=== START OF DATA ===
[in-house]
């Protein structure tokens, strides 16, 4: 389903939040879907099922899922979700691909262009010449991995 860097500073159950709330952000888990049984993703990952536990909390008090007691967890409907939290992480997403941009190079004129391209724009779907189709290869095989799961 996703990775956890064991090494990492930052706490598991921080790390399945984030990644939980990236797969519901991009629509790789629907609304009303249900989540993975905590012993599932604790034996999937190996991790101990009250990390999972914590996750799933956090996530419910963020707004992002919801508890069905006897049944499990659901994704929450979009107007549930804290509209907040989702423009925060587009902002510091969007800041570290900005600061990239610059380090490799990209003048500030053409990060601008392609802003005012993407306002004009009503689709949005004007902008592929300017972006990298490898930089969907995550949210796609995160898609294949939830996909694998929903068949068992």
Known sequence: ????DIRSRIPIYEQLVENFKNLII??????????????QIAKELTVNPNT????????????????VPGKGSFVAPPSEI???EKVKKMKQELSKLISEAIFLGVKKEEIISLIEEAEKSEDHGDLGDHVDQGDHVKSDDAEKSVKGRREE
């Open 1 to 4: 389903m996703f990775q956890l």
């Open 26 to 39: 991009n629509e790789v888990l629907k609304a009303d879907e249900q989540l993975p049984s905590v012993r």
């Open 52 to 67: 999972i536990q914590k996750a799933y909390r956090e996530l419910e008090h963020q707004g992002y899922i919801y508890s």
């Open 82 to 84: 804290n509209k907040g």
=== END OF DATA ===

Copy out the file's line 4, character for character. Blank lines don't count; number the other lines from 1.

């Open 1 to 4: 389903m996703f990775q956890l």